The removal of the facilities will be undertaken in an operation that harks back to the pioneering days of the offshore industry, when the four, huge Brent platforms were first installed, three on massive concrete bases and one on a 31,500-tonne steel jacket. Unlike then, Allseas both has a vessel to lift the facilities but can now also make use of sophisticated simulators to “trial run” the lift, in Delft, Netherlands. The alternative - taking them apart offshore - would also be “a nightmare,” according to Brent decommissioning project manager Alistair Hope. 

Brent Delta, comprising three main levels (module support frame, module deck and drilling deck) sits on a three-legged concrete gravity based hull, in 142m water depth, and is 74m x 47m, 44m high to the helideck and 132m-high to the flare tip. Some strengthening work had to be done to the platform before the lift could be done, with 300-tonne of steel installed for the lifting points, wall stiffening, and shear restraints inside the tops of the three concrete legs. Protrusions on the legs were removed to accommodate the Pioneering Spirit, leaving 5m tolerance each side.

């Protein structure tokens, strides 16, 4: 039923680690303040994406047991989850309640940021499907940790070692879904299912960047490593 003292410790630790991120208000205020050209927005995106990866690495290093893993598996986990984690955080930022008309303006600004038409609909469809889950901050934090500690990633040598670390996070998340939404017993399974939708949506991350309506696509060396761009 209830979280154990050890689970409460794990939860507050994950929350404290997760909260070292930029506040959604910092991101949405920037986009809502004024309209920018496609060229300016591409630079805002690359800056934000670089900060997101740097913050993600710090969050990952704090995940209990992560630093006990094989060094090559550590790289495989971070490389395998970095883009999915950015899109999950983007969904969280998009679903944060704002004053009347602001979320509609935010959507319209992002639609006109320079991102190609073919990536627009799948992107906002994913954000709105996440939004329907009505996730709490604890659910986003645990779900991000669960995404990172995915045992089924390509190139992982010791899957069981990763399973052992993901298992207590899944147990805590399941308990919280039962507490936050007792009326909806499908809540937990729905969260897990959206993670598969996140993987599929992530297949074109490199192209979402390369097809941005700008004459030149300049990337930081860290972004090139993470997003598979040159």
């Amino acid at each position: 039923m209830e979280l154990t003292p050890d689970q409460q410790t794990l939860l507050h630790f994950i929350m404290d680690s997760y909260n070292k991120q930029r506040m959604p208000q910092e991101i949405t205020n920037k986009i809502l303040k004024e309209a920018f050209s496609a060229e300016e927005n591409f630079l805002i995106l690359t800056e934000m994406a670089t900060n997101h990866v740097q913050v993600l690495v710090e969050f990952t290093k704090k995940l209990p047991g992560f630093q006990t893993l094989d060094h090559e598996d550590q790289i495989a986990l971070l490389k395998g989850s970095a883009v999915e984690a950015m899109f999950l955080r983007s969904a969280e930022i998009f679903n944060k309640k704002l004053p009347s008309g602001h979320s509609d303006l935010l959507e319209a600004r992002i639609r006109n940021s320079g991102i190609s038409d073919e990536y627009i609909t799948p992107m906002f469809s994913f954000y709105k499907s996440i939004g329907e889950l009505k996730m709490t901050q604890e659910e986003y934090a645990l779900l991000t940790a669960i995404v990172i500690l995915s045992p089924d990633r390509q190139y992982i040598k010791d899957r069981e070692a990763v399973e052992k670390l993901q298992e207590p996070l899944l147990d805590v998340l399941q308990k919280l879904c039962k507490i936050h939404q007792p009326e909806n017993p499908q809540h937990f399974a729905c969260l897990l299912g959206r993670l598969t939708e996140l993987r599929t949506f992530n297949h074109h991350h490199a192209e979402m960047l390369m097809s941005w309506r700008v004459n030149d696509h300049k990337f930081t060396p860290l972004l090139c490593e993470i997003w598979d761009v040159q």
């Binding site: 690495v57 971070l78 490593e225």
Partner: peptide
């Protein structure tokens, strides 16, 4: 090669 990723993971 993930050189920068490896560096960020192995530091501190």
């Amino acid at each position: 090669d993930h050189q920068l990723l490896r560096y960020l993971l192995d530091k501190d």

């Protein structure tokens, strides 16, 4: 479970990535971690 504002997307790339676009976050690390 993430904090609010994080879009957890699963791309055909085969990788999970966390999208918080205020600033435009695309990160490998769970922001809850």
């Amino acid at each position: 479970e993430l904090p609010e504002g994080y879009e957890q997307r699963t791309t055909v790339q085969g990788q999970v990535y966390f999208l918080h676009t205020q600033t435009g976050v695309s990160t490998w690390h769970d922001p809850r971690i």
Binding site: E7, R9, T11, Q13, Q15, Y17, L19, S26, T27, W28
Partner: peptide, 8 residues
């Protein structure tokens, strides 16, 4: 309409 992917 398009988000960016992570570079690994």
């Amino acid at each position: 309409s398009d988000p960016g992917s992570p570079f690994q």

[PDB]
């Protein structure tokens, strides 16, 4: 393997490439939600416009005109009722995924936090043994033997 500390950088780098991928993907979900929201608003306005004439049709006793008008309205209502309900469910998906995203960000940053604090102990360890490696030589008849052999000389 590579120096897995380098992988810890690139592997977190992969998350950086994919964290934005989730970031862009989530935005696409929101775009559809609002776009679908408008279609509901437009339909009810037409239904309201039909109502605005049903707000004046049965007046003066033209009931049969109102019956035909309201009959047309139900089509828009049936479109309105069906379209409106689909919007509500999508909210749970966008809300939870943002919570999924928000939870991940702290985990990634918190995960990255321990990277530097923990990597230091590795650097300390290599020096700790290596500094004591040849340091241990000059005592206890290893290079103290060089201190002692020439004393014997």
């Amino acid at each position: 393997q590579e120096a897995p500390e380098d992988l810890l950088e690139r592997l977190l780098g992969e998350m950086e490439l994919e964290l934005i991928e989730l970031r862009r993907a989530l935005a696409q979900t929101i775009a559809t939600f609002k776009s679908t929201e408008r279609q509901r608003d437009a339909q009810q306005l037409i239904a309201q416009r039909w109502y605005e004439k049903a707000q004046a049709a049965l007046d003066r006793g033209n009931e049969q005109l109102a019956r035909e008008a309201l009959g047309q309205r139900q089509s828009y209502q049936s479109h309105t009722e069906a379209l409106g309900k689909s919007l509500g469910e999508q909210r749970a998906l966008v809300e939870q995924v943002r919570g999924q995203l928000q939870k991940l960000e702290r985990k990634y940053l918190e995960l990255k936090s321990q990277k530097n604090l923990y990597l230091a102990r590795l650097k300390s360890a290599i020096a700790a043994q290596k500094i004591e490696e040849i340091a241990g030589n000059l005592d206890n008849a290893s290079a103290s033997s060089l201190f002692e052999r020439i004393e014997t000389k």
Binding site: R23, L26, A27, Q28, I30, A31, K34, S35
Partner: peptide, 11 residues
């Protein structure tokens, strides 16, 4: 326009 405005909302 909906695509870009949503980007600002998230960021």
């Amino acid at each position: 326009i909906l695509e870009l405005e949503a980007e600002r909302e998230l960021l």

To remove the topsides, the Pioneering Spirit’s eight sets of lifting beams – each with four, doubling acting Enerpac hydraulic cylinders, plus compressed air cylinders and compressor skids - will work with its dynamic positioning system and vast 700,000-tonne capacity (equal to 280 Olympic swimming pools) ballasting system to lift off the topsides over multiple hours. This uses four pump rooms, connected to 87 ballast tanks, including four quick drop tanks, and pumps at 37,000cu m/hr. 

First, each beam will be moved into position and connect, via yokes (two weighing 80-tonne and one 135-tonne), with the topside, maintaining position using the active heave compensation system. The beams can skid along the length of the vessel, as well as lift up and down at their lifting points, to maintain a fixed position, while the vessel continues to move.